23 December 2008
They were four young things, tweenie Australians out on the town, two from Perth giving their impressions of Canberra to a couple of locals as I drove them all home. A deserted freeway skirting Parliament House, the Prime Minister’s Lodge and the Mint. We owned Canberra.
“You’ve got the city planning down nice,” one said, “but it’s so far from anywhere.”
That was just great, I thought, coming from a sandgroper. Perth is three day’s hard driving across deserts and several State borders.
“It’s two hours to the beach,” said another. “In Perth it’s fifteen minutes max, and we can watch the sun set over the ocean.”
“Canberra’s public transport sucks.” The first one was on a roll. “The capital city and it sucks arse.”
No argument there, either. Canberra’s public transport consists of infrequent buses meandering through strings of suburbs. People sometimes accuse cabbies of going the long way, but with the bus system here, you get the maximum journey time for your money. And it stops running at midnight, long before the drunks get really ratty.
In fact, apart from the rare worker such as a baker beginning his shift, or a public servant burning the midnight oil when the government’s in a jam, it’s pretty much all drunks after midnight. Anyone else out at this hour has their own car.
So I was astonished to see someone waiting at a bus stop, getting on for two in the morning, after I delivered my four passengers home. It was a quiet night to begin with, and by now we cabbies were really scratching for fares. Luckily there were only a dozen or so cabs still on the road, so it kind of evened out.
I pulled up at the bus stop, and could hardly credit the sight. A little old lady, great-grandmother age, walking stick, sensible shoes, big handbag and floral dress.
She teetered over the kerb to me. “Are you a taxi?”
“Yes, hop in.”
Easier said than done, and I jumped out, scurried around the car, opened the door for her, tucked her in, made sure all was secure and closed the door.
“I can’t tell if it’s day or night,” she said, and then named a suburb about five minutes away.
Maybe she was blind, but she seemed to know where she was as we owned along Adelaide Avenue. “Turn here,” she commanded, not that I had any option for the address she’d given me. Canberra’s like that - there’s only a certain number of ways you can get somewhere, and if you don’t make the turn, you’ve got a long drive and a cranky passenger to recover.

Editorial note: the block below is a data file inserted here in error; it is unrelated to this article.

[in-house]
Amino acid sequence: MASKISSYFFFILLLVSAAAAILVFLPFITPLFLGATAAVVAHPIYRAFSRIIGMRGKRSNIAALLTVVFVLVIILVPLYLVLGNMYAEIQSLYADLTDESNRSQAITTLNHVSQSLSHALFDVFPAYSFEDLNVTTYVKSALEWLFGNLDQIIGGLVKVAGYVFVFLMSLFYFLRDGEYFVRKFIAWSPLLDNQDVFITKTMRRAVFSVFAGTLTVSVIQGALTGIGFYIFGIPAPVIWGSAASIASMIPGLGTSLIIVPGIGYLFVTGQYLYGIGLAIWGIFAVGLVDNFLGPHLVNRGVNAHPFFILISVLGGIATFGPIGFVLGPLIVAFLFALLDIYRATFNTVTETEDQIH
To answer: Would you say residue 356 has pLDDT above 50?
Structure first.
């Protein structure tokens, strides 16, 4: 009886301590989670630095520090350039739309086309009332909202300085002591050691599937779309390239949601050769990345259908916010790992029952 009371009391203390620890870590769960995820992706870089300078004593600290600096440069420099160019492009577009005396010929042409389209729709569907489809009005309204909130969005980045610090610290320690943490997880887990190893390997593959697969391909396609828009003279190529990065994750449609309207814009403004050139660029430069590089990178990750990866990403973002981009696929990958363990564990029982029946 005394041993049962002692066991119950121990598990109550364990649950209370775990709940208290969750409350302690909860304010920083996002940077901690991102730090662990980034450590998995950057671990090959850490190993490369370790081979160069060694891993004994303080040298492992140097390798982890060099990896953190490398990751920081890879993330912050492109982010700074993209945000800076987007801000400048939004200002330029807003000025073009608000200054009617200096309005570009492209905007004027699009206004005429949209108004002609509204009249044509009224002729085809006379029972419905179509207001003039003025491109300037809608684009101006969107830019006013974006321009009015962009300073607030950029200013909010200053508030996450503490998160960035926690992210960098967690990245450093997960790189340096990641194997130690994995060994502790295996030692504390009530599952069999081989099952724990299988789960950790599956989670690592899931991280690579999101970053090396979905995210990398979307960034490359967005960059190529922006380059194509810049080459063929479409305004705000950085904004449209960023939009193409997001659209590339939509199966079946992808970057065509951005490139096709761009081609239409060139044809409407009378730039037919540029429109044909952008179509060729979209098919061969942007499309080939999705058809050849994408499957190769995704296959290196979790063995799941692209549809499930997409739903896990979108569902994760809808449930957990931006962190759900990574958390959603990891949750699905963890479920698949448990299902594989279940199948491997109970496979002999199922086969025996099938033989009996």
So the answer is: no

I figured she was befuddled, as folk my age and up so often are, and when she mentioned that her knee and her back were hurting bad, I wondered if she had had one pain-killer too many earlier in the day. She spoke with an accent as she repeated her address a few times, and I reassured her that this was exactly where we were headed.
It was a small house on a pleasant street, garden overgrown, narrow driveway, letterbox vanished in the foliage. But it was the right address, I was sure of it.
She peered out uncertainly at the house in the headlights, and when I flipped on the side light to give more illumination, she nodded.
“That’s fifteen dollars fifty,” I read the meter for her.
“Fifteen dollars? So much!”
She was living in another time and place inside herself, a time when fares were cheaper, maybe measured in shillings and pence. “Fünfzehn Reichsmarken fünfzig,” I almost said, but instead, when she emptied out her purse, I picked out four gold coins and left her the silver. Not a note in sight. I’d go backwards on this fare, once I paid half the meter amount to the owner.
“Let’s get you out.”
I opened the door for her, made sure she had everything, and torch in my teeth, provided one arm to steady her and the other to carry her handbag as we tottered together along the narrow garden path. She peered about uncertainly, but when we reached the steps and she automatically latched onto the handrail, I was relieved.
It took some painful movements to get up the four cement steps, but we got there. She looked at the porch and declared, “This is not my house.”
The house in her mind was half a world and half a century away, so I suggested she try her keys in the door. We had a job finding them in her complicated handbag, but a flash of metal in the torchlight, and there they were. Naturally they fitted, and we opened the doors. I turned on her hall light, and she beamed happily as I passed in her belongings, finishing up with a gorgeous silk scarf. I’m very sorry I didn’t ask her to put it on for me, because there would have been a beautiful lady beneath it, but the thought didn’t come to me until later.
“Thank you so much!” she smiled. “Merry Christmas!”
“Merry Christmas!” I echoed. It might have cost me four dollars and half an hour, but for a Christmas gift, no diamond ring could have given either of us as much pleasure.